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Okay. So sitting here today, there's nothing that's been specifically identified that would drive that. And so at this point, the Nareit -- until you do some of that, is that the Nareit core would be -- wind up being the same?

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John A. Kirchmann, Investors Real Estate Trust - Executive VP & CFO [31]

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Yes. So other than any prepayment, that would be -- we don't foresee any big drivers of that difference.

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Robert Chapman Stevenson, Janney Montgomery Scott LLC, Research Division - MD, Head of Real Estate Research & Senior Research Analyst [32]

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Okay. And then in the release, you guys noted that for the 8-month period that the non -- or the apartments were, I think it was, was the number 98.4% or something like that, came from apartments, so 1.6-ish coming from non-apartments. What's the number of non-apartment assets that you guys now own? And when you're thinking about the 2019, are you down to 1% or less of your revenue or NOI coming from non-apartment assets? How should we be thinking about that?

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Mark O. Decker, Investors Real Estate Trust - President, CEO & Trustee [33]

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Yes. The number of assets, Rob, is 4, 1 of which is our headquarters. So pretty, pretty pared down. There's maybe a piece of land or 2 still out there that's not in that 4 number. But yes, I mean, I think you should think about it like less than 2%. And we'll continue, as we have been doing, to opportunistically find other homes for those assets outside of our portfolio.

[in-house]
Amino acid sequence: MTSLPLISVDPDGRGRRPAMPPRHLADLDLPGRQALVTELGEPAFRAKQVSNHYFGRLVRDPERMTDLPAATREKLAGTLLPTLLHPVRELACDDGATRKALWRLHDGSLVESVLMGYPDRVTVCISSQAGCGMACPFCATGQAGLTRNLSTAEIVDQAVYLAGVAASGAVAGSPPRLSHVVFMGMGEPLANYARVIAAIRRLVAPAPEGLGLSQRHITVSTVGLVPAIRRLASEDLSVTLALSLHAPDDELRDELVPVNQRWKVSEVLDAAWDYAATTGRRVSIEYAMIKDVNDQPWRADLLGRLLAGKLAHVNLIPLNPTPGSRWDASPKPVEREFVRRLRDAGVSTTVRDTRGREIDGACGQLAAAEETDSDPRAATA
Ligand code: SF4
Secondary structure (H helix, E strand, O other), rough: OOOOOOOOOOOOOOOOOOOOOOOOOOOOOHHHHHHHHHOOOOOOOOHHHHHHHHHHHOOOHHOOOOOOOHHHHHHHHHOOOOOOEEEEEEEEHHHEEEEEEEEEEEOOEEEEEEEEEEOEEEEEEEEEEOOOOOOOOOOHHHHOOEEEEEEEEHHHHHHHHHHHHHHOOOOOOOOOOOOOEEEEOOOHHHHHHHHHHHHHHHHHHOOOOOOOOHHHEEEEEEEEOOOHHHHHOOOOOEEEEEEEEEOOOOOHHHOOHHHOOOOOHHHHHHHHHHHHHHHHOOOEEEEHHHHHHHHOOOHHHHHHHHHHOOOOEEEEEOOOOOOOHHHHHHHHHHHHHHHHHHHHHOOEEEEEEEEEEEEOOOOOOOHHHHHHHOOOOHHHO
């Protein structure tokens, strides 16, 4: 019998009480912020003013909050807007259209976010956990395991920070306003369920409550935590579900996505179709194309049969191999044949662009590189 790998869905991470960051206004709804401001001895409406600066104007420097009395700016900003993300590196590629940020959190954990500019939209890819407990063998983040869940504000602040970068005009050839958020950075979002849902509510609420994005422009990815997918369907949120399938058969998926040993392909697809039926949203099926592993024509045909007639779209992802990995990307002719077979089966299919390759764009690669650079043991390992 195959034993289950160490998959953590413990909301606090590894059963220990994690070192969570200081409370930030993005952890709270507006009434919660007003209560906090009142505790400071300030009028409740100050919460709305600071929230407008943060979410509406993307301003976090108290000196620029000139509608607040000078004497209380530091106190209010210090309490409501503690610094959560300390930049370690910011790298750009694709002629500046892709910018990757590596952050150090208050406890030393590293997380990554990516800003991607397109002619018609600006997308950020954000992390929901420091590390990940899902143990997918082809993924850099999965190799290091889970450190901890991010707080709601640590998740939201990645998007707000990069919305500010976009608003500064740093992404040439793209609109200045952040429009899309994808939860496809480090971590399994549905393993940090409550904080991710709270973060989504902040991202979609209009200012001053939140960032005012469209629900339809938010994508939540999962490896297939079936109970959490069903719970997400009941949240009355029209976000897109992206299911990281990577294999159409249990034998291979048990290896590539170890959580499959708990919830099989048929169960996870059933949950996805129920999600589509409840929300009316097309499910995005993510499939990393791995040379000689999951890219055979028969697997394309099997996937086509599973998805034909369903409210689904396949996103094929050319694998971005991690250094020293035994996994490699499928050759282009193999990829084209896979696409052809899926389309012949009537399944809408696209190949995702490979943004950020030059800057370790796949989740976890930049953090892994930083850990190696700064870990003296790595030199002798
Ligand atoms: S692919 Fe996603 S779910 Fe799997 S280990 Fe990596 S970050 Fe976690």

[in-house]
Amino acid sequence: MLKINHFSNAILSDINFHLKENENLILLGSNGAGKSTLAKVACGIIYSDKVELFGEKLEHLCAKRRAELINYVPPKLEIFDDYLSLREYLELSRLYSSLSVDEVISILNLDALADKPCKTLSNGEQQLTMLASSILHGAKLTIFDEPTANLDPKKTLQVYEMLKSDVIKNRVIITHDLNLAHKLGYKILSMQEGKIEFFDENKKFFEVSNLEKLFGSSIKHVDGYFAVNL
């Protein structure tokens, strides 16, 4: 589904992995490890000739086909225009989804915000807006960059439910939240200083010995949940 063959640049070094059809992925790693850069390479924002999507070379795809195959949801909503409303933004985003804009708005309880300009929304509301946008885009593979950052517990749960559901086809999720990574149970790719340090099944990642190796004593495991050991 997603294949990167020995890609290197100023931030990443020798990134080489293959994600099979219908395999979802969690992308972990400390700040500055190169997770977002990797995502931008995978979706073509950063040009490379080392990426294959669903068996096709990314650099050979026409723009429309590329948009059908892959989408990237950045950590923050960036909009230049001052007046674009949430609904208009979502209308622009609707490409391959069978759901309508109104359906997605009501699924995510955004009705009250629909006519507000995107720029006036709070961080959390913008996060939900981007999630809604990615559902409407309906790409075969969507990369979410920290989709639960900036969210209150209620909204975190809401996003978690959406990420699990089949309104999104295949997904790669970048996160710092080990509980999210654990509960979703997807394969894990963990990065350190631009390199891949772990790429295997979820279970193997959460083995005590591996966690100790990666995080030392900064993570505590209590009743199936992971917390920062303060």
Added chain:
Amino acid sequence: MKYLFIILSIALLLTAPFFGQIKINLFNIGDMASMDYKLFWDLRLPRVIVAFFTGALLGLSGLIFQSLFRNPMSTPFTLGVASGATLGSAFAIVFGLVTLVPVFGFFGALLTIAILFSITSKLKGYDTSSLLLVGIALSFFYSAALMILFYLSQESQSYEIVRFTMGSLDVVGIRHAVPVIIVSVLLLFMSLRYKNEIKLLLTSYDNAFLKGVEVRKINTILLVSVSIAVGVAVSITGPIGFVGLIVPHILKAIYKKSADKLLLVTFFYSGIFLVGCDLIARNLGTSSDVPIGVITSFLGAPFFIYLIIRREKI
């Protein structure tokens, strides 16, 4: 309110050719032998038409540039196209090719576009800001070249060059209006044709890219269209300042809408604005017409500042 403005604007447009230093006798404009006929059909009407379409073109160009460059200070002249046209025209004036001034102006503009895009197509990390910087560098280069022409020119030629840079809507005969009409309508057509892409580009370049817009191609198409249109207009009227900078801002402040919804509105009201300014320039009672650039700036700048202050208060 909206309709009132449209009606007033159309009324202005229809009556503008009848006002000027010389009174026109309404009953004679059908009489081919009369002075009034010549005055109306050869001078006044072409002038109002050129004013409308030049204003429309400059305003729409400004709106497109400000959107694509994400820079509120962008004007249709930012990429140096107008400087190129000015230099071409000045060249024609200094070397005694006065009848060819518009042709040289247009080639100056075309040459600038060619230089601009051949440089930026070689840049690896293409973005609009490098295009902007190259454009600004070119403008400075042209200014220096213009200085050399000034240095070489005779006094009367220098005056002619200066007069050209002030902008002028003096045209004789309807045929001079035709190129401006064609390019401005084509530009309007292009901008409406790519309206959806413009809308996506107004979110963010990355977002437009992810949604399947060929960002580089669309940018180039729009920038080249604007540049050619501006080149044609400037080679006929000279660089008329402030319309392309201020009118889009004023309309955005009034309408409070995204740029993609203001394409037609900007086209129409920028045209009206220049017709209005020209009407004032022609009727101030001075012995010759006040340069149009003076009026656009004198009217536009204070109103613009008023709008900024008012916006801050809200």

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Robert Chapman Stevenson, Janney Montgomery Scott LLC, Research Division - MD, Head of Real Estate Research & Senior Research Analyst [34]

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Okay. And then last one from me. In the apartment space, it's been well documented about the property tax issues, especially in the Sun Belt and some of the other markets. In your legacy Upper Midwest markets, are you seeing significant property tax pressure in any of those these days relative to what's been going on the last few years?

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John A. Kirchmann, Investors Real Estate Trust - Executive VP & CFO [35]

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Yes. So mostly, what we're seeing the pressure from is from valuations. And really, we're seeing most of it in our -- I shouldn't say most of it, but probably half of that property tax increase is just in our Minneapolis portfolio, which have been performing very well. And property taxes lag a little bit on performance. So I wouldn't say we're surprised or there's anything different going on other than there's a lot of comparable sales out there, and the market has been performing well for a long time and the valuations have caught up.

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Operator [36]

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And as there are no more questions at the present time, I would like to return the floor to Mark Decker for any closing comments.

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Mark O. Decker, Investors Real Estate Trust - President, CEO & Trustee [37]

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Thanks, Keith. Well, we want to thank everyone for their continued interest in the company and especially thank our team out there who's taking care of our customers every day. Thanks very much.

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Operator [38]

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Thank you. The conference has now concluded. Thank you for attending today's presentation. You may now disconnect your lines.